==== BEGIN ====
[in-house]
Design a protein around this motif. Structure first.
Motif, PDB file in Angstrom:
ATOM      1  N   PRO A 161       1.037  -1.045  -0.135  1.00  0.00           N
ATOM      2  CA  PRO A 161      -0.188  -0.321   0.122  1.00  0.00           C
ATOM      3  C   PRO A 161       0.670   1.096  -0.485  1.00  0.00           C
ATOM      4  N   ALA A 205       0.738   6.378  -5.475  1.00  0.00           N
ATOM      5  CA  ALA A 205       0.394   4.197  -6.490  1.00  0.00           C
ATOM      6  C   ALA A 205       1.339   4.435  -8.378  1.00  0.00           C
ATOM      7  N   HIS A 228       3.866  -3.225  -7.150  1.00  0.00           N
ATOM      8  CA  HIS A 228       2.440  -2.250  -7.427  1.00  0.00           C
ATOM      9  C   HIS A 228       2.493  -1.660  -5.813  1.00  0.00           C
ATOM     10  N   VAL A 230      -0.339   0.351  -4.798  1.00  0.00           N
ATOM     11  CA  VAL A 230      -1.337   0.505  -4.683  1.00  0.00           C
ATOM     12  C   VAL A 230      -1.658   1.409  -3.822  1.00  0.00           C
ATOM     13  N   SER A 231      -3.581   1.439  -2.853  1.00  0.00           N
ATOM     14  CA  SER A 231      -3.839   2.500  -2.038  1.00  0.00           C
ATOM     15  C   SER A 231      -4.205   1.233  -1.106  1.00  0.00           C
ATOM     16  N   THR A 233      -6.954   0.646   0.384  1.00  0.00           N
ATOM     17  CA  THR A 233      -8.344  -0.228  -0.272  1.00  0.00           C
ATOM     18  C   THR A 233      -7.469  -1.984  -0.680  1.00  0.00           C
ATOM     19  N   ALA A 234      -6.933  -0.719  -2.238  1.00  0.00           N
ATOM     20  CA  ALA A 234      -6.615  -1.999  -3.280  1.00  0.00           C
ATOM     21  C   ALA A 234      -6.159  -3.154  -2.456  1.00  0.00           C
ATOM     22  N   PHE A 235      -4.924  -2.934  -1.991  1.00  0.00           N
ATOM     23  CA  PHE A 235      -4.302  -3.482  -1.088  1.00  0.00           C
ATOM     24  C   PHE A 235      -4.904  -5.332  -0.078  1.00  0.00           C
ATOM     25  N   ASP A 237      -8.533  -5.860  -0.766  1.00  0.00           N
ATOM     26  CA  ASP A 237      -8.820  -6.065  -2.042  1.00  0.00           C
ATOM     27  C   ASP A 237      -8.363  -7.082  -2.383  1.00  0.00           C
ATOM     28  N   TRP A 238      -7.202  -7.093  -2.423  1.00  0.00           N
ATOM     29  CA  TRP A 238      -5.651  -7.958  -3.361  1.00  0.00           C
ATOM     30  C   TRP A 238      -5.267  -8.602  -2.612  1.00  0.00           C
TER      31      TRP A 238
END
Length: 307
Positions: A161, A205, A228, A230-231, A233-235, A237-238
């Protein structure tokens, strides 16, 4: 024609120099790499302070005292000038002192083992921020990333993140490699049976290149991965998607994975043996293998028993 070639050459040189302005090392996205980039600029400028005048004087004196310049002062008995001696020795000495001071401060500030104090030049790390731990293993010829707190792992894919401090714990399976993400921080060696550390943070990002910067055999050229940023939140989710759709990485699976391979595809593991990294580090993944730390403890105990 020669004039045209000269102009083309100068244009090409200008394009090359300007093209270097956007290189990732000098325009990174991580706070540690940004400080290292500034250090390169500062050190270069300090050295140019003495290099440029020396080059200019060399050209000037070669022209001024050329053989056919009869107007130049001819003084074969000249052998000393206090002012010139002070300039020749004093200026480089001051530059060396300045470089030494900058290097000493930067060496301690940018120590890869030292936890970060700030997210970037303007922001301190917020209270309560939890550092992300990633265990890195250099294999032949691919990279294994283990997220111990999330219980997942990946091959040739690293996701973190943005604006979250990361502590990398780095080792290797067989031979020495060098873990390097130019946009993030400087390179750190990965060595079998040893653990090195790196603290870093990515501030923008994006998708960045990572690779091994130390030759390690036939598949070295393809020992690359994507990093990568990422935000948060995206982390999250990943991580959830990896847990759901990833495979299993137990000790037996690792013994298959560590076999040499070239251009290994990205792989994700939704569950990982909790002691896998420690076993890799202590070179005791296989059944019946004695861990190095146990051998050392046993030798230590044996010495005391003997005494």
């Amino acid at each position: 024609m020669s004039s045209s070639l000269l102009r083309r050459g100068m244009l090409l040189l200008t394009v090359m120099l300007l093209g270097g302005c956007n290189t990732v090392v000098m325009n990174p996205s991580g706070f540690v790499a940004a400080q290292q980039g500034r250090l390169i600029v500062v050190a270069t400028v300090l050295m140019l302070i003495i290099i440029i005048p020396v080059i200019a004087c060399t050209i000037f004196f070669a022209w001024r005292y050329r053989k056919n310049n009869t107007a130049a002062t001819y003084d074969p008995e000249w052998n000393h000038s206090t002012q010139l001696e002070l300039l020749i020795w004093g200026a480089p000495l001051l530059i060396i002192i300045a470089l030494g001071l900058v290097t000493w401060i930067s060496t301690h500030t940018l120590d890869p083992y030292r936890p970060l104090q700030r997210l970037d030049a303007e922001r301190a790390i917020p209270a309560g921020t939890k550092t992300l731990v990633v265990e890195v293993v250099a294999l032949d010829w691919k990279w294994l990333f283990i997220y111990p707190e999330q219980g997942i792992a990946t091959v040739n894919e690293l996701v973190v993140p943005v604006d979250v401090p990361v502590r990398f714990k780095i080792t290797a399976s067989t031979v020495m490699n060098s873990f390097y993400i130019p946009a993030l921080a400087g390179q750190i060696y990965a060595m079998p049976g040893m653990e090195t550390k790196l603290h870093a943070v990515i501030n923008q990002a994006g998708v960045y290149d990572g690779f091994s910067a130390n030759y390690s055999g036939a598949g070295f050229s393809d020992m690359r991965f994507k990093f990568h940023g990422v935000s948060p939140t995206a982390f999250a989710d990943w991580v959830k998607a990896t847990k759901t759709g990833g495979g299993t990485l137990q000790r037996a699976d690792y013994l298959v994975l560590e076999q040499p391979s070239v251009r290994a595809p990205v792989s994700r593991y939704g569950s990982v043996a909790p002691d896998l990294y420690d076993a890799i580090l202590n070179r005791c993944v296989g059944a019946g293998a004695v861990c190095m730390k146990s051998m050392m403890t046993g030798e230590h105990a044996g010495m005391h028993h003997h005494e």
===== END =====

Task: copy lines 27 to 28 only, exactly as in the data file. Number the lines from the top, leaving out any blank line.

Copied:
ATOM     24  C   PHE A 235      -4.904  -5.332  -0.078  1.00  0.00           C
ATOM     25  N   ASP A 237      -8.533  -5.860  -0.766  1.00  0.00           N